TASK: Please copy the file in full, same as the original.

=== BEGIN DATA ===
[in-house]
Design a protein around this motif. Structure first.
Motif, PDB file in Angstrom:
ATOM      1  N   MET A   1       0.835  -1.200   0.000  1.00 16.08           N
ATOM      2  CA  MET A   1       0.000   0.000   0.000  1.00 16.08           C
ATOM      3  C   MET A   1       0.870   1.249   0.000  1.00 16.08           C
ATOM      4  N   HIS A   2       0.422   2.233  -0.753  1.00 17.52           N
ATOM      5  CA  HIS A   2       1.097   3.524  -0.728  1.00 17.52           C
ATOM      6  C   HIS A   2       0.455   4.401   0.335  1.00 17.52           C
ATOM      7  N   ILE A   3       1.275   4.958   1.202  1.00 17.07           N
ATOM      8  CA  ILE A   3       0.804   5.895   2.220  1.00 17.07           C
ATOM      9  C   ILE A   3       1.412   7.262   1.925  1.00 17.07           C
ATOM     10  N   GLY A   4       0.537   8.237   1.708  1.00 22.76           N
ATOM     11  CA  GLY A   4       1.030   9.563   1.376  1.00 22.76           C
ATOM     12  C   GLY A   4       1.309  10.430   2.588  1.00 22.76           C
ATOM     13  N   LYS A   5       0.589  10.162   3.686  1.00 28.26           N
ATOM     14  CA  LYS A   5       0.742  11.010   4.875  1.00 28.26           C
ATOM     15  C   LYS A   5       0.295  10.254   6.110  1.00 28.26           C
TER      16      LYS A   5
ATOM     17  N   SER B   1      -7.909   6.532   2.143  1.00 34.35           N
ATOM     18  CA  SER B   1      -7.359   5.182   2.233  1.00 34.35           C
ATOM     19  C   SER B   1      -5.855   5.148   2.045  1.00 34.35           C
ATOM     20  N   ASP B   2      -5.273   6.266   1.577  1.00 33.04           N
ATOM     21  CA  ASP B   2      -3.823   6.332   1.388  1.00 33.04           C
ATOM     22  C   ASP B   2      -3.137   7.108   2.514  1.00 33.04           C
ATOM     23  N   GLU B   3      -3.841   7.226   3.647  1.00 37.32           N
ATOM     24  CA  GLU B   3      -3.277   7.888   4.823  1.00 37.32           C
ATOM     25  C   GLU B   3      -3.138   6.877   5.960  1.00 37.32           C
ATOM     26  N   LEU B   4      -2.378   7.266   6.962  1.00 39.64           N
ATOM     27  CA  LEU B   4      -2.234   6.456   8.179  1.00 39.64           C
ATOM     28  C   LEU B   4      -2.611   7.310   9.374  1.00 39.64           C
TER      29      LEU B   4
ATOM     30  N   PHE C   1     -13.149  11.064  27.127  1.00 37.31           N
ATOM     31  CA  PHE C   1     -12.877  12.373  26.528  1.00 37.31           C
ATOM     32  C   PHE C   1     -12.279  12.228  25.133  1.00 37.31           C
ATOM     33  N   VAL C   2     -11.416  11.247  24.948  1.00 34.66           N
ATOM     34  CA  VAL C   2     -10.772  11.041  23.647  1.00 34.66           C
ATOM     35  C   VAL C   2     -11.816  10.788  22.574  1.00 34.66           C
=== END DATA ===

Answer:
[in-house]
Design a protein around this motif. Structure first.
Motif, PDB file in Angstrom:
ATOM      1  N   MET A   1       0.835  -1.200   0.000  1.00 16.08           N
ATOM      2  CA  MET A   1       0.000   0.000   0.000  1.00 16.08           C
ATOM      3  C   MET A   1       0.870   1.249   0.000  1.00 16.08           C
ATOM      4  N   HIS A   2       0.422   2.233  -0.753  1.00 17.52           N
ATOM      5  CA  HIS A   2       1.097   3.524  -0.728  1.00 17.52           C
ATOM      6  C   HIS A   2       0.455   4.401   0.335  1.00 17.52           C
ATOM      7  N   ILE A   3       1.275   4.958   1.202  1.00 17.07           N
ATOM      8  CA  ILE A   3       0.804   5.895   2.220  1.00 17.07           C
ATOM      9  C   ILE A   3       1.412   7.262   1.925  1.00 17.07           C
ATOM     10  N   GLY A   4       0.537   8.237   1.708  1.00 22.76           N
ATOM     11  CA  GLY A   4       1.030   9.563   1.376  1.00 22.76           C
ATOM     12  C   GLY A   4       1.309  10.430   2.588  1.00 22.76           C
ATOM     13  N   LYS A   5       0.589  10.162   3.686  1.00 28.26           N
ATOM     14  CA  LYS A   5       0.742  11.010   4.875  1.00 28.26           C
ATOM     15  C   LYS A   5       0.295  10.254   6.110  1.00 28.26           C
TER      16      LYS A   5
ATOM     17  N   SER B   1      -7.909   6.532   2.143  1.00 34.35           N
ATOM     18  CA  SER B   1      -7.359   5.182   2.233  1.00 34.35           C
ATOM     19  C   SER B   1      -5.855   5.148   2.045  1.00 34.35           C
ATOM     20  N   ASP B   2      -5.273   6.266   1.577  1.00 33.04           N
ATOM     21  CA  ASP B   2      -3.823   6.332   1.388  1.00 33.04           C
ATOM     22  C   ASP B   2      -3.137   7.108   2.514  1.00 33.04           C
ATOM     23  N   GLU B   3      -3.841   7.226   3.647  1.00 37.32           N
ATOM     24  CA  GLU B   3      -3.277   7.888   4.823  1.00 37.32           C
ATOM     25  C   GLU B   3      -3.138   6.877   5.960  1.00 37.32           C
ATOM     26  N   LEU B   4      -2.378   7.266   6.962  1.00 39.64           N
ATOM     27  CA  LEU B   4      -2.234   6.456   8.179  1.00 39.64           C
ATOM     28  C   LEU B   4      -2.611   7.310   9.374  1.00 39.64           C
TER      29      LEU B   4
ATOM     30  N   PHE C   1     -13.149  11.064  27.127  1.00 37.31           N
ATOM     31  CA  PHE C   1     -12.877  12.373  26.528  1.00 37.31           C
ATOM     32  C   PHE C   1     -12.279  12.228  25.133  1.00 37.31           C
ATOM     33  N   VAL C   2     -11.416  11.247  24.948  1.00 34.66           N
ATOM     34  CA  VAL C   2     -10.772  11.041  23.647  1.00 34.66           C
ATOM     35  C   VAL C   2     -11.816  10.788  22.574  1.00 34.66           C